We aren’t sure where it came from. We aren’t sure who made it. We aren’t sure of its dates either, but the one thing we are sure of is its function.
The glass fishing float featured in today’s post is the only one of its kind here at the Kings County Museum.
It's a wonderful example of a beautiful form for a tough function.
These nifty hollow glass floats are believed to have originated in Norway (some historians believe they were being produced in Norway as early as the 1700s, with a Norwegian merchant named Christopher Faye credited as the inventor). Regardless of the place of origin, once glass floats were invented they were quickly adopted by fishermen everywhere and could be found in every ocean in the world. By the 1840s the glass floats had replaced wood or cork floats used in the commercial fishing industry in most of Europe, Russia, North America and Japan – they were deemed better than wood floats because if the wood soaked up too much water they would become water-logged and eventually sink. The glass floats had no such trouble and could support large scale nets. An incredible feat for such a seemingly delicate object.
As they rose in popularity, fishermen experimented with glass float shapes and sizes. Some were very small and used for recreational fishing, others were fairly large, reaching diameters of 12 inches! Manufacturers experimented with float designs and one such experiment led to the production of floats with groove patterns in the glass so that it would be easier to attach line or netting around the sphere. Our sample has no such grooves; it would have been encased in a knitted net to allow it to be easily carried and connected to fishing nets.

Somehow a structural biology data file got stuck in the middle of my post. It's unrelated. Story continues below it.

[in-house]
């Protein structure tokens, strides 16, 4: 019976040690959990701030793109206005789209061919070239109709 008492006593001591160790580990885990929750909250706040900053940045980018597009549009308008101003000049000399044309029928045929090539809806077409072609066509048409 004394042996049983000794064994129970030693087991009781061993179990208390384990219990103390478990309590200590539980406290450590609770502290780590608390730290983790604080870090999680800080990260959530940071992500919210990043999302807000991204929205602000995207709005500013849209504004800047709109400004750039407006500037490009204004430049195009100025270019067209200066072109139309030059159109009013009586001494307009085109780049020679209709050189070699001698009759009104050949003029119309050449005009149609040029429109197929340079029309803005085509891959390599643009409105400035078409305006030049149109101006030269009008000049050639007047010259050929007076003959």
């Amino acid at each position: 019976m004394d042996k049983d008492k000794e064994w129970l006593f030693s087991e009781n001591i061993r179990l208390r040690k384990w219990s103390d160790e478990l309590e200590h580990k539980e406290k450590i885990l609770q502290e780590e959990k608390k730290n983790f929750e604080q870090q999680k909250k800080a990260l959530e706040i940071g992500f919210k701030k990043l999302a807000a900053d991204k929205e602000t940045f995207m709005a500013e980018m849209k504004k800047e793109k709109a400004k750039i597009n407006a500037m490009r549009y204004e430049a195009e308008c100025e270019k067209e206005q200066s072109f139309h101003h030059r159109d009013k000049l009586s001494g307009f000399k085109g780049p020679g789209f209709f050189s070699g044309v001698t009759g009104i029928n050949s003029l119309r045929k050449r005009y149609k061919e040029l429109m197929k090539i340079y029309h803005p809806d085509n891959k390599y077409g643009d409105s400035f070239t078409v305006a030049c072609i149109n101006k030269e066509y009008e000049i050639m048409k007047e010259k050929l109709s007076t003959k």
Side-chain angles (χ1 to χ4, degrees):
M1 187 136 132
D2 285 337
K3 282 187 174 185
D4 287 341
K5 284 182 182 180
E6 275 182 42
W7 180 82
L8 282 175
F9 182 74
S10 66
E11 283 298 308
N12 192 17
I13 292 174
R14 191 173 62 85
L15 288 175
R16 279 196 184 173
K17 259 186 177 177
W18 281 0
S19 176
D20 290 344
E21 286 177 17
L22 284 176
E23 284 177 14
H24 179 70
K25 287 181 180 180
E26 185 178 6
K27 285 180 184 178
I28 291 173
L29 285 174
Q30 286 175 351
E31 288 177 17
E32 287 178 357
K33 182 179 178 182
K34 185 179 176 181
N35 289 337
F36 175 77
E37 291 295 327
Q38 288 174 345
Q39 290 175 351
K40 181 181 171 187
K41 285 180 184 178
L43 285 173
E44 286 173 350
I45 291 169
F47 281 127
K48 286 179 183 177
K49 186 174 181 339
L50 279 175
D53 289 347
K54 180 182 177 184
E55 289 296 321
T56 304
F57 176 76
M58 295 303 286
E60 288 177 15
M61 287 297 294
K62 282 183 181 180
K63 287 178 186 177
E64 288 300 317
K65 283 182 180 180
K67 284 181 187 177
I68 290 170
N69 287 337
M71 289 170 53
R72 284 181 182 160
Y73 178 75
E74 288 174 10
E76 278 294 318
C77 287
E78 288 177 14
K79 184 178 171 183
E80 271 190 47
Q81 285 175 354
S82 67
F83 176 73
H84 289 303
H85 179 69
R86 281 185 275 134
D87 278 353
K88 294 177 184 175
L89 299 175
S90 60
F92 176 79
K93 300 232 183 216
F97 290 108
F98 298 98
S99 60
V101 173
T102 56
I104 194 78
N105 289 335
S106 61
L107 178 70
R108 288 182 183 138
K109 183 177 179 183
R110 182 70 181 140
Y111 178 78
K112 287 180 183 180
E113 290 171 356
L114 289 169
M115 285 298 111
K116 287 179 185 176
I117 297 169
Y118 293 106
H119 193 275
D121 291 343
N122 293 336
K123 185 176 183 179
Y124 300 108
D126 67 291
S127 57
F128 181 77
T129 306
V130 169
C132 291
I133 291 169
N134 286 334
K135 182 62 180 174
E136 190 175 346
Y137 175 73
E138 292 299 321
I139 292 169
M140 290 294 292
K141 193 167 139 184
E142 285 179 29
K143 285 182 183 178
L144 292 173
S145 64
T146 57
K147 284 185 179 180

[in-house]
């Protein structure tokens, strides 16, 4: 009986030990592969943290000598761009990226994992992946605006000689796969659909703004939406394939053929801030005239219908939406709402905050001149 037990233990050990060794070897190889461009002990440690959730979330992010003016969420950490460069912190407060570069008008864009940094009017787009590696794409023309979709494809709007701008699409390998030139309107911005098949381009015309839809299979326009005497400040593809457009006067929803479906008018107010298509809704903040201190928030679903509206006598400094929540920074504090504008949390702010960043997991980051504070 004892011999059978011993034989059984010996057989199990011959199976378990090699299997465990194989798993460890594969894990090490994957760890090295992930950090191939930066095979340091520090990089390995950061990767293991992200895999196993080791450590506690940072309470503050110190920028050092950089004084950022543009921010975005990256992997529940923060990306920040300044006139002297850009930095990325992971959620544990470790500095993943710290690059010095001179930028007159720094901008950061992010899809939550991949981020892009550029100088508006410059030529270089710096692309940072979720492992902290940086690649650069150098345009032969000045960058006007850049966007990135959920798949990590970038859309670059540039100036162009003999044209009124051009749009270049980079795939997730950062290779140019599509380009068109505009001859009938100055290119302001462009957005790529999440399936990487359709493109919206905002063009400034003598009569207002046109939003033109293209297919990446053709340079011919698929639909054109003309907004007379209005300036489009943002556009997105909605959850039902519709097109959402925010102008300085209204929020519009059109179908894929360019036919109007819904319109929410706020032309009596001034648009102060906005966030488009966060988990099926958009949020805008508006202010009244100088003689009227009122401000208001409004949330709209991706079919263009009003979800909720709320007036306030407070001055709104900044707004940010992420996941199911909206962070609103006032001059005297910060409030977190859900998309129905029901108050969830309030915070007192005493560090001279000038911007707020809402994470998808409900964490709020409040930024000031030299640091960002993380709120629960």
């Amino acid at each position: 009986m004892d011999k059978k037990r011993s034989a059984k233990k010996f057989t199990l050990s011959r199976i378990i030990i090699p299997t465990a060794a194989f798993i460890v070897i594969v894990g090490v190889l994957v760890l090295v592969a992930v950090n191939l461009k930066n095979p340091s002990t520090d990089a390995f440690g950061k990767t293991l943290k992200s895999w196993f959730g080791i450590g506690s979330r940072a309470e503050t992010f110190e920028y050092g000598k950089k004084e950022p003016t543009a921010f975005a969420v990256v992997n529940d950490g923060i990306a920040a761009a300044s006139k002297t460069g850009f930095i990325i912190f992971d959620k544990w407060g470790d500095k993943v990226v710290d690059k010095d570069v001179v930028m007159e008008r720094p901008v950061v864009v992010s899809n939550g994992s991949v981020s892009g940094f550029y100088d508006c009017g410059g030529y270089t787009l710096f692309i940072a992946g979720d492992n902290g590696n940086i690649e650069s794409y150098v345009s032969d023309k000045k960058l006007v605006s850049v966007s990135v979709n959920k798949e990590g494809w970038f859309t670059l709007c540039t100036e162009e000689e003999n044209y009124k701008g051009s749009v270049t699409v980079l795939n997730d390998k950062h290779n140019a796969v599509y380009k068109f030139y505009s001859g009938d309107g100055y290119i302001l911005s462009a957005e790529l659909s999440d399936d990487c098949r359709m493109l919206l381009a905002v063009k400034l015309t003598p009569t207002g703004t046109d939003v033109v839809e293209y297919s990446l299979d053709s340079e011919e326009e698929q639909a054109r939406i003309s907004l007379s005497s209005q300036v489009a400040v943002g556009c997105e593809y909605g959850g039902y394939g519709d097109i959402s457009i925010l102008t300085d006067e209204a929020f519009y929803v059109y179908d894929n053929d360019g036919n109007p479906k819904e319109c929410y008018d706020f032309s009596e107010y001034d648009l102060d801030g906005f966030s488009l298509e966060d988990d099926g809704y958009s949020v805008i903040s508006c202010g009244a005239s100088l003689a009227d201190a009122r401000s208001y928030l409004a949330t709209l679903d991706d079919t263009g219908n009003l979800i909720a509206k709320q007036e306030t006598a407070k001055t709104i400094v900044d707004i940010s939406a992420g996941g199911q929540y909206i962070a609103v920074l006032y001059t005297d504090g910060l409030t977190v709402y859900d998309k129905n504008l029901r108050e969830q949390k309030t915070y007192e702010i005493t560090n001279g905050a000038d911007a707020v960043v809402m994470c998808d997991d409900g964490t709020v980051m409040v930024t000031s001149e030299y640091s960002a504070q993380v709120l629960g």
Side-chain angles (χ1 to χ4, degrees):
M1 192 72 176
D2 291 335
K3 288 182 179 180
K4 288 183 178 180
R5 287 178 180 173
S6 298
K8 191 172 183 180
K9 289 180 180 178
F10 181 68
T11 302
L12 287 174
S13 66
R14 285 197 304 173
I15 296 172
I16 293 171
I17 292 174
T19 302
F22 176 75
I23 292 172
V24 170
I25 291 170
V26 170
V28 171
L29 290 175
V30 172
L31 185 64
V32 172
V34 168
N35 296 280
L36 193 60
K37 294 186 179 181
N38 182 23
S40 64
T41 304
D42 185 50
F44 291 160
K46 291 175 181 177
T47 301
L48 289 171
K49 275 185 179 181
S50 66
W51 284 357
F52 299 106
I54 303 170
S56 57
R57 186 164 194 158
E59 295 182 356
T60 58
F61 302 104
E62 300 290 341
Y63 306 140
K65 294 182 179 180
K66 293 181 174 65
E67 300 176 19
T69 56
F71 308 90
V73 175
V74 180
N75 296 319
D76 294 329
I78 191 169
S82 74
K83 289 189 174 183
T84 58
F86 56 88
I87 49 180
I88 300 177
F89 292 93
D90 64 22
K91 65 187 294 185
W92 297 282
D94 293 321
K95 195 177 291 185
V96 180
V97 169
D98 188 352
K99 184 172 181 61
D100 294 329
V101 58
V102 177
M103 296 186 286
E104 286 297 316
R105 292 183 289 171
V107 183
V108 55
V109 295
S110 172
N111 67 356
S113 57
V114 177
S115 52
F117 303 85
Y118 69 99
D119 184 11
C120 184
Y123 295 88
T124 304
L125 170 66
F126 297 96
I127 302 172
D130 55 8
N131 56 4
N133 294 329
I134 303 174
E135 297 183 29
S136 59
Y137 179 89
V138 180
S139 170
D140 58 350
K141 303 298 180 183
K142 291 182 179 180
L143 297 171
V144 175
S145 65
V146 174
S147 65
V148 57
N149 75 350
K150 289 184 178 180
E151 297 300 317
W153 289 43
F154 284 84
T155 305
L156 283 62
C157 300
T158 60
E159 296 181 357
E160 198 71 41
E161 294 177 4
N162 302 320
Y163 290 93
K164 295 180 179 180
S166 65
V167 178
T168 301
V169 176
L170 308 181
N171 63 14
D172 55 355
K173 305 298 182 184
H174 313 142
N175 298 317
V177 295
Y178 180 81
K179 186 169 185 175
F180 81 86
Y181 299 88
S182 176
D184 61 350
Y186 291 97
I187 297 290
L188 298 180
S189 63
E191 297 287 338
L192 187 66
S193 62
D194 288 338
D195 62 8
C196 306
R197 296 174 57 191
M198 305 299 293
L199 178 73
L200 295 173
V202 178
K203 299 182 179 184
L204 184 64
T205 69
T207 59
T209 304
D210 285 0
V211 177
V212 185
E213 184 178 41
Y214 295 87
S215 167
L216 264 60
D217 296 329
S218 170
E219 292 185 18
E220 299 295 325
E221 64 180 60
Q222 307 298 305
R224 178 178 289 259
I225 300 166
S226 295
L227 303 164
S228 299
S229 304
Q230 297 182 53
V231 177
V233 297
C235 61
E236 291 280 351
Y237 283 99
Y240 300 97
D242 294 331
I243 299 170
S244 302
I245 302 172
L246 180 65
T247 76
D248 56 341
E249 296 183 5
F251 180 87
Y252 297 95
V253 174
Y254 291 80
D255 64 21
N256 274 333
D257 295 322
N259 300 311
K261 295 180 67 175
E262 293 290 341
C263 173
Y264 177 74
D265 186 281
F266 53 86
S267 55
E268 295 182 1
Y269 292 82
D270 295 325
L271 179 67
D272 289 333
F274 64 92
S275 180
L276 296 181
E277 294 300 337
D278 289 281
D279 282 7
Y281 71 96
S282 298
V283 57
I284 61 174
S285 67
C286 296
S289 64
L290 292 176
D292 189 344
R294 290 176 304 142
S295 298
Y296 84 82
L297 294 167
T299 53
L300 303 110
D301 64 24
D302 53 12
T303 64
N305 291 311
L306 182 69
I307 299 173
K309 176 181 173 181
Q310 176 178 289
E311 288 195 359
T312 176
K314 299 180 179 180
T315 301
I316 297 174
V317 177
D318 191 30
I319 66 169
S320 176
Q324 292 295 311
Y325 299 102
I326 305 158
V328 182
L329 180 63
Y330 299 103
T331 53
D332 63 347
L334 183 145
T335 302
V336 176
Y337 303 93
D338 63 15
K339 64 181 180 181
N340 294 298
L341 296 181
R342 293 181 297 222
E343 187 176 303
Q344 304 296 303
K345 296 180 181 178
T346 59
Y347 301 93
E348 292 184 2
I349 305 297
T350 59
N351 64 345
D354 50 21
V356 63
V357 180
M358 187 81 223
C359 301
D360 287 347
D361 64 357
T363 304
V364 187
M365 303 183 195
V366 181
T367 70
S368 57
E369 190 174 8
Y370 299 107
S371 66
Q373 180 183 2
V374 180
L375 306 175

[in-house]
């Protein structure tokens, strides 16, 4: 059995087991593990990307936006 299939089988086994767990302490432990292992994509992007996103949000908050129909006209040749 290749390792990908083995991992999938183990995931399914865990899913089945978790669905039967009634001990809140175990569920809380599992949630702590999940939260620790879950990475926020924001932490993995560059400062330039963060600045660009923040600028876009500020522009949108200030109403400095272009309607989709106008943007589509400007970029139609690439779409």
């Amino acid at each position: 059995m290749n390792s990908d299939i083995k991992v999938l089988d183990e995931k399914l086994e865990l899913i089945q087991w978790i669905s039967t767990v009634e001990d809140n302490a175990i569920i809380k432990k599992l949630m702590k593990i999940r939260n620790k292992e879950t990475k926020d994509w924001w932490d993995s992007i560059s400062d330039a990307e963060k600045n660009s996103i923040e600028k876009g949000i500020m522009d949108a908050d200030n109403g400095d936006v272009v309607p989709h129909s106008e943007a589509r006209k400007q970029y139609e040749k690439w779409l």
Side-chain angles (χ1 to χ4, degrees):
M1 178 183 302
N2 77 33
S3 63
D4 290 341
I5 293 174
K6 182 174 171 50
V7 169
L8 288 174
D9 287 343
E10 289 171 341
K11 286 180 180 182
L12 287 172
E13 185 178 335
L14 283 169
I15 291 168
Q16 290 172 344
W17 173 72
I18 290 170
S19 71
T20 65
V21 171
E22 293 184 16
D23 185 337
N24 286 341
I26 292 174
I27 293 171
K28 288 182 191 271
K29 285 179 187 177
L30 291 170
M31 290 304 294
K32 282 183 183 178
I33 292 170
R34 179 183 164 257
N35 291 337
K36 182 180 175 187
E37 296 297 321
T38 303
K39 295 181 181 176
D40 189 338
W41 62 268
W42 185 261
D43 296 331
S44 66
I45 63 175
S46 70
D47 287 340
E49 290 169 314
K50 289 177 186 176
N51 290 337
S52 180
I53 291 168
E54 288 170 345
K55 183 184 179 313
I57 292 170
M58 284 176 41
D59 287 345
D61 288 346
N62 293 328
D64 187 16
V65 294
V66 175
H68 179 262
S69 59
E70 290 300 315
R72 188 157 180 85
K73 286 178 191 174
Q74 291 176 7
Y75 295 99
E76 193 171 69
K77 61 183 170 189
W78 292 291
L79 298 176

Glass fishing floats came in a variety of different colors like amber, clear, amethyst and numerous shades of blue. The majority of glass floats that were produced in Japan were made of recycled sake bottles, producing the beautiful green shade seen in our example from the museum collection.
While only one sample has found its way to the Kings County Museum, there are still glass floats bobbing about in the ocean to this day. It is believed that there are quite a few caught in the currents of the North Pacific that just haven’t made it to shore. Some do occasionally make it to shore in one piece, quickly being gathered up as a precious treasure from the past. Most, however, are washed ashore as shattered pieces of sea glass. Like the glass floats they once came from, these broken treasures are beautiful and tough, surviving centuries of stormy seas to return to the shore once more.
Looking for a great family adventure? Visit one of New Brunswick’s many beautiful beaches and scout out some sea glass of your own! Or visit an incredible antiques shop like Bloomfield Treasures to see if you can find a complete glass float for your own collection.
Our thanks to summer staffer Jamie Pearson for today’s post!